Sunday, May 7, 2017

501(c)(3) Tax Code or You Can't Have Your Cake and Eat It Too

When an organization sets itself up as a 501(c)(3) it is accepting some constraints as a tax exempt organization. 

The Restriction of Political Campaign Intervention by Section 501(c)(3) Tax-Exempt Organizations

Under the Internal Revenue Code, all section 501(c)(3) organizations are absolutely prohibited from directly or indirectly participating in, or intervening in, any political campaign on behalf of (or in opposition to) any candidate for elective public office. Contributions to political campaign funds or public statements of position (verbal or written) made on behalf of the organization in favor of or in opposition to any candidate for public office clearly violate the prohibition against political campaign activity.  Violating this prohibition may result in denial or revocation of tax-exempt status and the imposition of certain excise taxes. 
Certain activities or expenditures may not be prohibited depending on the facts and circumstances.  For example, certain voter education activities (including presenting public forums and publishing voter education guides) conducted in a non-partisan manner do not constitute prohibited political campaign activity. In addition, other activities intended to encourage people to participate in the electoral process, such as voter registration and get-out-the-vote drives, would not be prohibited political campaign activity if conducted in a non-partisan manner.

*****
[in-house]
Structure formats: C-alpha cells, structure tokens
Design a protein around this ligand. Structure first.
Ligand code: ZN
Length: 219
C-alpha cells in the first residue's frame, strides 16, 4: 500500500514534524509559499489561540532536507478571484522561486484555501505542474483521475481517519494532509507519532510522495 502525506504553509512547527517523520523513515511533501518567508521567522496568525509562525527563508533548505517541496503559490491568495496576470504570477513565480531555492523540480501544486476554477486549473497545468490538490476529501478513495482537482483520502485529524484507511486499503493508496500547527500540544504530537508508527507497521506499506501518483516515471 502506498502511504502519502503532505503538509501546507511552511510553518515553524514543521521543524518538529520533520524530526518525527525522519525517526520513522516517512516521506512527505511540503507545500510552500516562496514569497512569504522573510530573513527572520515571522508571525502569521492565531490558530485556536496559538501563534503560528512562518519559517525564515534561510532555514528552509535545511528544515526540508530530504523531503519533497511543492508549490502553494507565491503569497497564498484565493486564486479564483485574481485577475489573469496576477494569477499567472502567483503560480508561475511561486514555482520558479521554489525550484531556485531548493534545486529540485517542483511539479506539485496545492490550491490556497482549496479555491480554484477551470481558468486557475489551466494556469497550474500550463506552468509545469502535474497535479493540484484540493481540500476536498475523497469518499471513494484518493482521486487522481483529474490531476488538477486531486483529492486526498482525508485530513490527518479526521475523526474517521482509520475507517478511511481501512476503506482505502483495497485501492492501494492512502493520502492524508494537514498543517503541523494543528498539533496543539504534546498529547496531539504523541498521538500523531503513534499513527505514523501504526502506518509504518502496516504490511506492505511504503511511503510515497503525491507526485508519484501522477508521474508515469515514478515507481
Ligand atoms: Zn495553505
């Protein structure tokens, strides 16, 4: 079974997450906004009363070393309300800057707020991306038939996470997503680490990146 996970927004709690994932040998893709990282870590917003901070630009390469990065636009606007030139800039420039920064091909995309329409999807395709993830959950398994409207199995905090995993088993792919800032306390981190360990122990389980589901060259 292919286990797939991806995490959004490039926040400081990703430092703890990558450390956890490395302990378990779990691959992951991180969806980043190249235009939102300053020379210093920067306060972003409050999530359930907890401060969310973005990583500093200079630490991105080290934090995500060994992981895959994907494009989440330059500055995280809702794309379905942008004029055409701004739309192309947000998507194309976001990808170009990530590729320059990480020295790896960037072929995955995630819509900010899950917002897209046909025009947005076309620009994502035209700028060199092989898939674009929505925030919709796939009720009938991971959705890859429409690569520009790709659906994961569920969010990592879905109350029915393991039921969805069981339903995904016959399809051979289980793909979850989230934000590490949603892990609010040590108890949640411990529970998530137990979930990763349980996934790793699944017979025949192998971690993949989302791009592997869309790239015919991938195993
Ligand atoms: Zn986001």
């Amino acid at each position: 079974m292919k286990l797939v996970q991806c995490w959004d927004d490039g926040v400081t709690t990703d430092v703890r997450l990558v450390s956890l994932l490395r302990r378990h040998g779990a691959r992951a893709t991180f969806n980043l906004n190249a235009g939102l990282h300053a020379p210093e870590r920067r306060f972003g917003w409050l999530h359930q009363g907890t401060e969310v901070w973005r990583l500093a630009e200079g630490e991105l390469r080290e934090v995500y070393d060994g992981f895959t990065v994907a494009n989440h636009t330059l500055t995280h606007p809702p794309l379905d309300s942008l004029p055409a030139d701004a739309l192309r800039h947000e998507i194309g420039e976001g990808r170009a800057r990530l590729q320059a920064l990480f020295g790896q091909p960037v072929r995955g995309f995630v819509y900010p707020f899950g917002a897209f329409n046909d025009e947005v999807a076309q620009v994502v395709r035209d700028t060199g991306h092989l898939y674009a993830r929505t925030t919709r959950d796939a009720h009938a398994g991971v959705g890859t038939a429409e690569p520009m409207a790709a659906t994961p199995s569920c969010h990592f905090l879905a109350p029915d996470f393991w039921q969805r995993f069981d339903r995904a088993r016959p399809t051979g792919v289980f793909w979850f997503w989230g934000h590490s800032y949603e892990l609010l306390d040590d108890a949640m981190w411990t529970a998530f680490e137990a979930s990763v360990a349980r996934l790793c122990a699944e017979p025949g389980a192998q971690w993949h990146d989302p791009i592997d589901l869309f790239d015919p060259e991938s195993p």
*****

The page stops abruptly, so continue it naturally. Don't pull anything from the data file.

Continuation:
On the other hand, voter education or registration activities with evidence of bias that (a) would favor one candidate over another; (b) oppose a candidate in some manner; or (c) have the effect of favoring a candidate or group of candidates, will constitute prohibited participation or intervention.

Trump apparently didn't like that this restriction to endorse a candidate prevented some churches to endorse his presidential bid. So he wants to amend this restriction.
I don't think this is a good move. An organization can give up it tax-exempt status if it would prefer to use its time and effort supporting political candidates.  This law isn't forbidding free speech, it merely is saying that if you want to organize as a tax-exempt institution there are rules that must be followed.

Be careful, changing this rule just because Trump didn't like that churches couldn't endorse him, should not be the basis for change. If the church felt endorsements were more important they could give up their tax-exempt status.

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